DHCPv6 Protocol Details §  §  §  §  §  FF02::1:2 = All DHCP Agents (servers or relays, Link-local scope) FF05::1:3 = All DHCP Servers (Site-local scope) Clients listen on UDP port 546; Servers/relays on UDP port 547 Rapid Commit, 2 packet exchange. Solicit/Reply, client sets for options ipv6 dhcp relay destination replaces ip helper address DHCP Messages Client à Server (1) Server à Client (2) Client à Server (3) Server à Client (4) BRKRST-2301 IPv4 DISCOVER OFFER REQUEST ACK © 2014 Cisco and/or its affiliates. All rights reserved. IPv6 SOLICIT ADVERTISE REQUEST REPLY Cisco Public

IPv6 and DNS §  Add AAAA records in DNS server for hostnames that have IPv6 enabled §  Automatically generate accompanying (PTR) records §  Enable IPv6 access to the authoritative DNS servers §  Be sure that TCP/53 and UDP/53 can be accessed through IPv6 §  Enable IPv6 connectivity to external resolvers that send DNS queries Function IPv4 IPv6 Hostname to IP Address A Record AAAA Record (Quad A) www.abc.test. A 192.168.30.1 www.abc.test AAAA 2001:db8:C18:1::2 IP Address To Hostname PTR Record PTR Record 1.30.168.192.in-addr.arpa. PTR www.abc.test. 2.0.0.0.0.0.0.0.0.0.0.0.0.0.0.0.1.0.0.0.8.1.c. 0.8.b.d.0.1.0.0.2.ip6.arpa PTR www.abc.test. BRKRST-2301 © 2014 Cisco and/or its affiliates. All rights reserved. Cisco Public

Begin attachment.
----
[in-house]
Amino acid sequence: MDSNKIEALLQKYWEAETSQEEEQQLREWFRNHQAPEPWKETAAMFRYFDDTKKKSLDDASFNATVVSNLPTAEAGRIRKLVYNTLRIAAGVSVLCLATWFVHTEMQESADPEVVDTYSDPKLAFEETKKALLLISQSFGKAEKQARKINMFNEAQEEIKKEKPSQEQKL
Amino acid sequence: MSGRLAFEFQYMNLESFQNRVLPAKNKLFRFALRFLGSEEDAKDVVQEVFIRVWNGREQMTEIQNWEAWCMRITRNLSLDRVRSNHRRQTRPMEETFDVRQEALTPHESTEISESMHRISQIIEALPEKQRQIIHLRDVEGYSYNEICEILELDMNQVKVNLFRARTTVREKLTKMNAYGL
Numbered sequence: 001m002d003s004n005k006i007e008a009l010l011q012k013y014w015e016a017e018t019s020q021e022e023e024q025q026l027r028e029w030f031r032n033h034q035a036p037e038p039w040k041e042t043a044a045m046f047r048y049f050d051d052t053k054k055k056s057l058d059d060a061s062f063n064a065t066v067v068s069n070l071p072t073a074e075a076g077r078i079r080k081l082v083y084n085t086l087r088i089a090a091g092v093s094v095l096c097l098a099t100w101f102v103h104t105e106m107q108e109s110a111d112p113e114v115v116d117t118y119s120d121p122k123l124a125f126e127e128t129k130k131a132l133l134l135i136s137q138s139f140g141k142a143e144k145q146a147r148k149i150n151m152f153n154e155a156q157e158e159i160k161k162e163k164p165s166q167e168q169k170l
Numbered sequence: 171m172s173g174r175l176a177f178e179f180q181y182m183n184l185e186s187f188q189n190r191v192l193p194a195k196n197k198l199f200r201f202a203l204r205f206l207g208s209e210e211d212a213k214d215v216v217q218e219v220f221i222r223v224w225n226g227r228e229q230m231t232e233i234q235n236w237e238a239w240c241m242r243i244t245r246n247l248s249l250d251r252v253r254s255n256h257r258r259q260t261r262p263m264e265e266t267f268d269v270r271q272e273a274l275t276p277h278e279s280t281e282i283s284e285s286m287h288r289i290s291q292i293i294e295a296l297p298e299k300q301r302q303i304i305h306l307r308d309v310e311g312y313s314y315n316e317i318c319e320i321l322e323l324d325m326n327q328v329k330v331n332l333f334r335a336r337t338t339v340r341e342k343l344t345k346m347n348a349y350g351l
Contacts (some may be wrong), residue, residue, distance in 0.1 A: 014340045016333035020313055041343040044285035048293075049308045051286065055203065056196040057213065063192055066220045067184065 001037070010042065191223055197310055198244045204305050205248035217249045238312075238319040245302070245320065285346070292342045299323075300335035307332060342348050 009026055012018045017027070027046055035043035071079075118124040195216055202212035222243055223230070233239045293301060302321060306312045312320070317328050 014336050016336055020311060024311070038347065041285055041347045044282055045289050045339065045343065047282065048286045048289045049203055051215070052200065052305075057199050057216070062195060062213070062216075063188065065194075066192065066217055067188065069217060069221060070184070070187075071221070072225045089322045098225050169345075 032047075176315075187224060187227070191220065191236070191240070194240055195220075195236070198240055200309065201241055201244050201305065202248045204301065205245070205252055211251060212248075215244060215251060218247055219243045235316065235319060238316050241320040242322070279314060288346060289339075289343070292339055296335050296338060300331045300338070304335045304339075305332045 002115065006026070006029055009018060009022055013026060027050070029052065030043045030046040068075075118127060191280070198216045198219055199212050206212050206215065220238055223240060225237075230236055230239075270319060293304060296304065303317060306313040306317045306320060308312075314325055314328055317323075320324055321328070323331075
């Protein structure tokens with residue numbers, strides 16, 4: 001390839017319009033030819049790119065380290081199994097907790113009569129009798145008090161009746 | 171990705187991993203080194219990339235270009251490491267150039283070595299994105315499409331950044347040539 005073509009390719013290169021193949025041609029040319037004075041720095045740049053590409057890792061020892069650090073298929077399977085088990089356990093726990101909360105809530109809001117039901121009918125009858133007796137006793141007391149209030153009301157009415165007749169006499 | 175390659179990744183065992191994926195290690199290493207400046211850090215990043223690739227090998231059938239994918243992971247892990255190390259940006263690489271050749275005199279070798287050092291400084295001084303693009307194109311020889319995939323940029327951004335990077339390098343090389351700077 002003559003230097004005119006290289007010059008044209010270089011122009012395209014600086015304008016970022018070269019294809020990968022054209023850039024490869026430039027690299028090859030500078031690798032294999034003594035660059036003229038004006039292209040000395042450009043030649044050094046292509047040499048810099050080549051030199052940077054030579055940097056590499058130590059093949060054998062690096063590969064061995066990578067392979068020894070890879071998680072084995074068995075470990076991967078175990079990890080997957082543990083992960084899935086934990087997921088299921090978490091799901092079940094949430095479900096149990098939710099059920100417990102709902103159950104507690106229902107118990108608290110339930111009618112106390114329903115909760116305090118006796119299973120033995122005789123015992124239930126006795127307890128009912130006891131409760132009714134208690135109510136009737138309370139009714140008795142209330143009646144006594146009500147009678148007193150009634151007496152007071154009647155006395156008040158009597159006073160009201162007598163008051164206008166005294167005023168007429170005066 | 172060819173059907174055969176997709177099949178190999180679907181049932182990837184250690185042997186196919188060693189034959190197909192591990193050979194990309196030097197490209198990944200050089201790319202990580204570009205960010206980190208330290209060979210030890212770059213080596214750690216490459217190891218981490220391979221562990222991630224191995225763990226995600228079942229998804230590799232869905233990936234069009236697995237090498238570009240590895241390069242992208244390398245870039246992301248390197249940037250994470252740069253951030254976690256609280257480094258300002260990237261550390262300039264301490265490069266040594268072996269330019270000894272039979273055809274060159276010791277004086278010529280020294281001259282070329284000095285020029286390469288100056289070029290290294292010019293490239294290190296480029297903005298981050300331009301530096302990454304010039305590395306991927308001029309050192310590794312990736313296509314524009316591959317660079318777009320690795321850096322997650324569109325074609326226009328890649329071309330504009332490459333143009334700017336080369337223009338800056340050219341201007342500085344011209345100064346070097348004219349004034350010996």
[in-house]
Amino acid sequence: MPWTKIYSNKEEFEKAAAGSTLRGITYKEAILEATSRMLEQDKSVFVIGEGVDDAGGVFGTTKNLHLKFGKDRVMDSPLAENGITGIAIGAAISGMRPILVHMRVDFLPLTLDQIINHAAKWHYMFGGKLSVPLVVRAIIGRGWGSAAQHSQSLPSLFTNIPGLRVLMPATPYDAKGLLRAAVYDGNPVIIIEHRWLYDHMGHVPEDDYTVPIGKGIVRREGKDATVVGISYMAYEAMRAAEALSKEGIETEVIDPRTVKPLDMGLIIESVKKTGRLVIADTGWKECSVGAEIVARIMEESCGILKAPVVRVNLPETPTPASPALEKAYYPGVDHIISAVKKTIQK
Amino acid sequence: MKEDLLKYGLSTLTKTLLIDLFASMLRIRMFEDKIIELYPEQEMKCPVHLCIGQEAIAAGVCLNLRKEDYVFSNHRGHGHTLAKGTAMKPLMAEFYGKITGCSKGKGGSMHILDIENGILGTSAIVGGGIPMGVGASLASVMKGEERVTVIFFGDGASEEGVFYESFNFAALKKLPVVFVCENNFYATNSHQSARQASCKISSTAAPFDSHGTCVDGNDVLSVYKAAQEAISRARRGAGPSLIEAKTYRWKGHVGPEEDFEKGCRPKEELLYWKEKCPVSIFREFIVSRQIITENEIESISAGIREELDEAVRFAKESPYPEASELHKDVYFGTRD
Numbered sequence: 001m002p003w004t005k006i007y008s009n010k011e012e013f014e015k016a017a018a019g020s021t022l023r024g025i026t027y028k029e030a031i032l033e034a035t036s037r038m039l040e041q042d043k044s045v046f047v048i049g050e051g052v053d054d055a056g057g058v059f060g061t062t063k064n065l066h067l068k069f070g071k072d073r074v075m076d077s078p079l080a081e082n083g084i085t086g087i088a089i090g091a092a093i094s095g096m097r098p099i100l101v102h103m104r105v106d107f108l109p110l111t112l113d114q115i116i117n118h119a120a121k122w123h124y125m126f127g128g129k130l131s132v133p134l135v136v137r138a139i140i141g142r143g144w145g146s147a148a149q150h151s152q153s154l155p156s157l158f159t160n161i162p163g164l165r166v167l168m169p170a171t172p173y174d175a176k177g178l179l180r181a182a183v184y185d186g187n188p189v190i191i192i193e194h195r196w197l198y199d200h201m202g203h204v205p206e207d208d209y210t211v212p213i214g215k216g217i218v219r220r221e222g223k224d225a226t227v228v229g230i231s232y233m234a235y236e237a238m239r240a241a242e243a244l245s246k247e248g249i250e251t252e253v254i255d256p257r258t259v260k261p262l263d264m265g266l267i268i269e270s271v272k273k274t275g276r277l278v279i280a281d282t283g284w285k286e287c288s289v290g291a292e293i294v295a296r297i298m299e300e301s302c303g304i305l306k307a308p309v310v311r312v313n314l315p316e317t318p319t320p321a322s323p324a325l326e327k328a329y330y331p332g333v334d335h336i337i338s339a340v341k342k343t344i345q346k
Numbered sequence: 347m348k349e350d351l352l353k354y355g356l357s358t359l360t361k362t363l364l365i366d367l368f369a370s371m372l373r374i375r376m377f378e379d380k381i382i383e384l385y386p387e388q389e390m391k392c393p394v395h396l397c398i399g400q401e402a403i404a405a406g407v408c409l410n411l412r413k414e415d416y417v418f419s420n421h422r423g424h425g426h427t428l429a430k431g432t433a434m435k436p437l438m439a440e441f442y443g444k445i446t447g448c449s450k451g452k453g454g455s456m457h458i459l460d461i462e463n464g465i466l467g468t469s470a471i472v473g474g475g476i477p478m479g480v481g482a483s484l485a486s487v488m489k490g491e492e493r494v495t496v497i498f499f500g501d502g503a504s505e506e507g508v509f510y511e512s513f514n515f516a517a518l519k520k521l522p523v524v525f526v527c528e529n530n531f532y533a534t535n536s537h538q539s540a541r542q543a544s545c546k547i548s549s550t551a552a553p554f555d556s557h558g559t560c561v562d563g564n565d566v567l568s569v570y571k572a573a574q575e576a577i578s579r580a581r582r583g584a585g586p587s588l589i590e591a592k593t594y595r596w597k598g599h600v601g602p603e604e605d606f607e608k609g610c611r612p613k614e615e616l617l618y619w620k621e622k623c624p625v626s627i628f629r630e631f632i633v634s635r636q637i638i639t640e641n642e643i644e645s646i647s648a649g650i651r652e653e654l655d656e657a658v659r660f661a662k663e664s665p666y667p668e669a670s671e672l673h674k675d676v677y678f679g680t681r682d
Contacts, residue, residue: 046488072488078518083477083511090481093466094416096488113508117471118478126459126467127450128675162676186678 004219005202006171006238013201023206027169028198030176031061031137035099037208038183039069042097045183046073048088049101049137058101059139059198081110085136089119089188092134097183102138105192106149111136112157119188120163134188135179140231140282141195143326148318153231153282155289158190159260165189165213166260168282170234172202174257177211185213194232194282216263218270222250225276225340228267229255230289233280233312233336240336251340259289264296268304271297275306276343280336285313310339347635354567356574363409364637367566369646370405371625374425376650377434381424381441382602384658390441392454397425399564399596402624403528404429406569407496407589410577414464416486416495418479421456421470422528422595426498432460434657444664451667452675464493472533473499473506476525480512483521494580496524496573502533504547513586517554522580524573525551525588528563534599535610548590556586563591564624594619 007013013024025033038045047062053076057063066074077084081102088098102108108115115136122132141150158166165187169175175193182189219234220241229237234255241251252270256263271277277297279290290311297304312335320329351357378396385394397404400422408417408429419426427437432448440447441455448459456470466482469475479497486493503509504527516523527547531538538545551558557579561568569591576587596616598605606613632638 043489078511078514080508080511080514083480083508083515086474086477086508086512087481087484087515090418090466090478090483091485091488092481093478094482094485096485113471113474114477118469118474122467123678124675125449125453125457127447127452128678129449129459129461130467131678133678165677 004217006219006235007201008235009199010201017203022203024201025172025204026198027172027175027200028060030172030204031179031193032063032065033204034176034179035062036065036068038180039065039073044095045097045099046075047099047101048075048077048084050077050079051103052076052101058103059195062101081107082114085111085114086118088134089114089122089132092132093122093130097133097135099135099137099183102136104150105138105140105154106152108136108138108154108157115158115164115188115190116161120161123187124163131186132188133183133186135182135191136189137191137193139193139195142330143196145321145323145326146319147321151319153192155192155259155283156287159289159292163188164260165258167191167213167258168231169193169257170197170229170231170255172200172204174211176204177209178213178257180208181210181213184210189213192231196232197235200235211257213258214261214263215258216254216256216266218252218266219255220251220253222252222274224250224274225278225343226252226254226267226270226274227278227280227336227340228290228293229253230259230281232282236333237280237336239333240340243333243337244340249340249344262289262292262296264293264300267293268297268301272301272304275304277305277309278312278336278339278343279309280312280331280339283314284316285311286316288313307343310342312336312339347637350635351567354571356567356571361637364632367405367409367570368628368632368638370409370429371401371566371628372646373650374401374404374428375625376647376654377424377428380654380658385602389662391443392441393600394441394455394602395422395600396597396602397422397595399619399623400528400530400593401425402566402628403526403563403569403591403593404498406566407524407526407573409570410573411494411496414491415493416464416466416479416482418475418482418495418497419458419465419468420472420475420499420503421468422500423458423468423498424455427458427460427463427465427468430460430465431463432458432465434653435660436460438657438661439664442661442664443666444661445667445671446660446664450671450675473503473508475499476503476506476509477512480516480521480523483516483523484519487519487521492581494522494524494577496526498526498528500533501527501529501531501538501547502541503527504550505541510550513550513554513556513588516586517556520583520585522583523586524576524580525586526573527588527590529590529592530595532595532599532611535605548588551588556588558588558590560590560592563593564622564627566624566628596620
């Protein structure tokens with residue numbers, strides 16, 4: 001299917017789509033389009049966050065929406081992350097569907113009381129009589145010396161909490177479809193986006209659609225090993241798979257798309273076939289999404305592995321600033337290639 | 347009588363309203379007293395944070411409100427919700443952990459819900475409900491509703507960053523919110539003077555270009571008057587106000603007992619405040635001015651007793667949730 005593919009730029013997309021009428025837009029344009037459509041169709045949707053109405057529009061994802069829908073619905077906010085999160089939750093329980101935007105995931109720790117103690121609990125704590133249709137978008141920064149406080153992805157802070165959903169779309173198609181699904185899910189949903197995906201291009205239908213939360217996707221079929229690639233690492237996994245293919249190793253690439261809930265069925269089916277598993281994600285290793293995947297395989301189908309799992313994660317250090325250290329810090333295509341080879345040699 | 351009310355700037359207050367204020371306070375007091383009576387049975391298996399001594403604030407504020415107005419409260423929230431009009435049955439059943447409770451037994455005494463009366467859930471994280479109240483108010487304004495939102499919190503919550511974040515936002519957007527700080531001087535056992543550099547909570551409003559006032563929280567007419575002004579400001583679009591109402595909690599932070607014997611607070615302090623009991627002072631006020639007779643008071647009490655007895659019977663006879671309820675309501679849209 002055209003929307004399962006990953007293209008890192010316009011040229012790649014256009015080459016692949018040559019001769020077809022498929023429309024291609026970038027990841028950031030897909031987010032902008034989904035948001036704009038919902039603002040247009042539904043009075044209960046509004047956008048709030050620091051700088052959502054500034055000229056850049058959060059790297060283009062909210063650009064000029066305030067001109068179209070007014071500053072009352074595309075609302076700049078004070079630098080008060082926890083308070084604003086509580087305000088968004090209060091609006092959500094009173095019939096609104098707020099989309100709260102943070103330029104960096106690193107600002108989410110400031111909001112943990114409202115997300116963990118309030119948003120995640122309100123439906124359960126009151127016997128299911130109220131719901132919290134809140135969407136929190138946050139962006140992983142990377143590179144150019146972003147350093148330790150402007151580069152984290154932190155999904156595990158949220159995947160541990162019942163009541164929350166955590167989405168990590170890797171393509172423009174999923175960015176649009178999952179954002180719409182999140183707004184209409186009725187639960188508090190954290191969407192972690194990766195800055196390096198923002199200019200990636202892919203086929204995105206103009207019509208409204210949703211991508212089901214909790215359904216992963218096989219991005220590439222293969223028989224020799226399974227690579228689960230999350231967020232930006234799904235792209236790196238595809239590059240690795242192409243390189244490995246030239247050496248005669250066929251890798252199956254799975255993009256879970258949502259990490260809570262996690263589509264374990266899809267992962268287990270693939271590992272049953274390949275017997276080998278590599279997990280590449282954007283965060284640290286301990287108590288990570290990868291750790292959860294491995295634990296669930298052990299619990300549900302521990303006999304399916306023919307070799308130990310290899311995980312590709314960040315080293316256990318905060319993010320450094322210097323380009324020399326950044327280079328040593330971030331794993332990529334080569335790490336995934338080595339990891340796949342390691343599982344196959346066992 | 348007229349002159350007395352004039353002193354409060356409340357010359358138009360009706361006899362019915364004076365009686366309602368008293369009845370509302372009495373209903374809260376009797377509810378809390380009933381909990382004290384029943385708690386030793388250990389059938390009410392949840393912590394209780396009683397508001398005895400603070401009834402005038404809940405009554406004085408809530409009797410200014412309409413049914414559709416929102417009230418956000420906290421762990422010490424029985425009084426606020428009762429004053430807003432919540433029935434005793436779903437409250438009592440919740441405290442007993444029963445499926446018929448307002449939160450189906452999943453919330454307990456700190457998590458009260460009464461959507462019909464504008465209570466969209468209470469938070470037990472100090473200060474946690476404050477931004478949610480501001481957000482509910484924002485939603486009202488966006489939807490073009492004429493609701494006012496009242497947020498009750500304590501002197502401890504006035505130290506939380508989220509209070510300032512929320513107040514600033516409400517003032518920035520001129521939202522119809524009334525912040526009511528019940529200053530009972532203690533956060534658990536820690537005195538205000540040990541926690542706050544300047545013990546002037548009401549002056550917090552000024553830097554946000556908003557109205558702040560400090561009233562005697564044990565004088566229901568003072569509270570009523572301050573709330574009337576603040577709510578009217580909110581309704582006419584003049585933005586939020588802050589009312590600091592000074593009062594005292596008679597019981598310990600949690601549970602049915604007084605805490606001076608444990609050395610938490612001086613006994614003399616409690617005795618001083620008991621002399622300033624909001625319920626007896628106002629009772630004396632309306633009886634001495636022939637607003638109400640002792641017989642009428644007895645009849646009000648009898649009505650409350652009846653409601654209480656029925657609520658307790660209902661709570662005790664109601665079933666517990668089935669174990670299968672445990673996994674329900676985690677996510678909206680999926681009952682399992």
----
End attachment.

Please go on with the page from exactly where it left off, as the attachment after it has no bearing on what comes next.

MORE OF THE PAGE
FCIPv6 §  Tunnel Protocol for Fiber Channel over an IP infrastructure §  RFC 4404 – Entity Address Size IPv4 (4) or IPv6 (16) §  MDS 9x00 Series –  out-of-order delivery, jumbo frames, traffic shaping, TCP optimization BRKRST-2301 © 2014 Cisco and/or its affiliates. All rights reserved. Cisco Public 62

iSCSI/VRRP for IPv6 §  Same configuration requirements and operation as with IPv4 §  Configure VRRP address to be the same as physical interface of “primary” BRKRST-2301 © 2014 Cisco and/or its affiliates. All rights reserved. Cisco Public